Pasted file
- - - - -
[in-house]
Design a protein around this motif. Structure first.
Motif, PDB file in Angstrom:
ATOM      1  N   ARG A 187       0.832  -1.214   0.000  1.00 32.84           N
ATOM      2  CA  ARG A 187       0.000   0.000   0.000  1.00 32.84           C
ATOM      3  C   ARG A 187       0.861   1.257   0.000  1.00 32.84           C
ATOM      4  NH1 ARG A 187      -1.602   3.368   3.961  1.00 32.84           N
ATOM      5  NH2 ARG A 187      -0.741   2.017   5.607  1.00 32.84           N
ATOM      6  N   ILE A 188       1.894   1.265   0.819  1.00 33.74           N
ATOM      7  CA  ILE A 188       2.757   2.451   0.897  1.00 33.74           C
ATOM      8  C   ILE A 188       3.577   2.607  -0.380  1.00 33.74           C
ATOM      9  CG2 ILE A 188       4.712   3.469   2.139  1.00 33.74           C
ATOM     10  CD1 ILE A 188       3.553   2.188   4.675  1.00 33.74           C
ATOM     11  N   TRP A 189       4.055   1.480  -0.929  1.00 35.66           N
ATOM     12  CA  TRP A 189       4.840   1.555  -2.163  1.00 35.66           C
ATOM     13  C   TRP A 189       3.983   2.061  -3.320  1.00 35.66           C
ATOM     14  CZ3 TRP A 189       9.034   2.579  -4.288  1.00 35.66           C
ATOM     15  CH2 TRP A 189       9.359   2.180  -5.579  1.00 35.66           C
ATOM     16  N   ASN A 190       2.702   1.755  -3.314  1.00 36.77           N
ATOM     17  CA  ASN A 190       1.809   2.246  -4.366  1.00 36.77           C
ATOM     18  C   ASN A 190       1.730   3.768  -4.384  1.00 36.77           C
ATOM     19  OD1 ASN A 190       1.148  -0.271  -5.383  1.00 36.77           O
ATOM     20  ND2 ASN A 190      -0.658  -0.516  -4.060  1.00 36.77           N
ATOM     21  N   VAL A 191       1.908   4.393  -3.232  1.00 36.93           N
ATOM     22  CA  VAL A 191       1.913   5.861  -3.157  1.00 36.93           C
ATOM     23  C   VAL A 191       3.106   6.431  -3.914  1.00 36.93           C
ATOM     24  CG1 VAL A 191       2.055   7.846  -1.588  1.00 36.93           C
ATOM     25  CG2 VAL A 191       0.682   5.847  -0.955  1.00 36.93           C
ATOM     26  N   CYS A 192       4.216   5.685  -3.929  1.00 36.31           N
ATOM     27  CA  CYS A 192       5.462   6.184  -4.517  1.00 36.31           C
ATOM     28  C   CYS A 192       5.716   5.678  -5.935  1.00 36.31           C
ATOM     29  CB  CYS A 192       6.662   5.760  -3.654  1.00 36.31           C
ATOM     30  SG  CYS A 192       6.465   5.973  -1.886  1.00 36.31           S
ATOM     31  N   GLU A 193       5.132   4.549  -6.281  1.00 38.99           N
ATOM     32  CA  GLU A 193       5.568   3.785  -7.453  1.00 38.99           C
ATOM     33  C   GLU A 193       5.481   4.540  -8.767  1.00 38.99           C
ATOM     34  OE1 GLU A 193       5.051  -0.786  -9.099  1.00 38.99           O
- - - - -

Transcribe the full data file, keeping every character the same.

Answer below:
[in-house]
Design a protein around this motif. Structure first.
Motif, PDB file in Angstrom:
ATOM      1  N   ARG A 187       0.832  -1.214   0.000  1.00 32.84           N
ATOM      2  CA  ARG A 187       0.000   0.000   0.000  1.00 32.84           C
ATOM      3  C   ARG A 187       0.861   1.257   0.000  1.00 32.84           C
ATOM      4  NH1 ARG A 187      -1.602   3.368   3.961  1.00 32.84           N
ATOM      5  NH2 ARG A 187      -0.741   2.017   5.607  1.00 32.84           N
ATOM      6  N   ILE A 188       1.894   1.265   0.819  1.00 33.74           N
ATOM      7  CA  ILE A 188       2.757   2.451   0.897  1.00 33.74           C
ATOM      8  C   ILE A 188       3.577   2.607  -0.380  1.00 33.74           C
ATOM      9  CG2 ILE A 188       4.712   3.469   2.139  1.00 33.74           C
ATOM     10  CD1 ILE A 188       3.553   2.188   4.675  1.00 33.74           C
ATOM     11  N   TRP A 189       4.055   1.480  -0.929  1.00 35.66           N
ATOM     12  CA  TRP A 189       4.840   1.555  -2.163  1.00 35.66           C
ATOM     13  C   TRP A 189       3.983   2.061  -3.320  1.00 35.66           C
ATOM     14  CZ3 TRP A 189       9.034   2.579  -4.288  1.00 35.66           C
ATOM     15  CH2 TRP A 189       9.359   2.180  -5.579  1.00 35.66           C
ATOM     16  N   ASN A 190       2.702   1.755  -3.314  1.00 36.77           N
ATOM     17  CA  ASN A 190       1.809   2.246  -4.366  1.00 36.77           C
ATOM     18  C   ASN A 190       1.730   3.768  -4.384  1.00 36.77           C
ATOM     19  OD1 ASN A 190       1.148  -0.271  -5.383  1.00 36.77           O
ATOM     20  ND2 ASN A 190      -0.658  -0.516  -4.060  1.00 36.77           N
ATOM     21  N   VAL A 191       1.908   4.393  -3.232  1.00 36.93           N
ATOM     22  CA  VAL A 191       1.913   5.861  -3.157  1.00 36.93           C
ATOM     23  C   VAL A 191       3.106   6.431  -3.914  1.00 36.93           C
ATOM     24  CG1 VAL A 191       2.055   7.846  -1.588  1.00 36.93           C
ATOM     25  CG2 VAL A 191       0.682   5.847  -0.955  1.00 36.93           C
ATOM     26  N   CYS A 192       4.216   5.685  -3.929  1.00 36.31           N
ATOM     27  CA  CYS A 192       5.462   6.184  -4.517  1.00 36.31           C
ATOM     28  C   CYS A 192       5.716   5.678  -5.935  1.00 36.31           C
ATOM     29  CB  CYS A 192       6.662   5.760  -3.654  1.00 36.31           C
ATOM     30  SG  CYS A 192       6.465   5.973  -1.886  1.00 36.31           S
ATOM     31  N   GLU A 193       5.132   4.549  -6.281  1.00 38.99           N
ATOM     32  CA  GLU A 193       5.568   3.785  -7.453  1.00 38.99           C
ATOM     33  C   GLU A 193       5.481   4.540  -8.767  1.00 38.99           C
ATOM     34  OE1 GLU A 193       5.051  -0.786  -9.099  1.00 38.99           O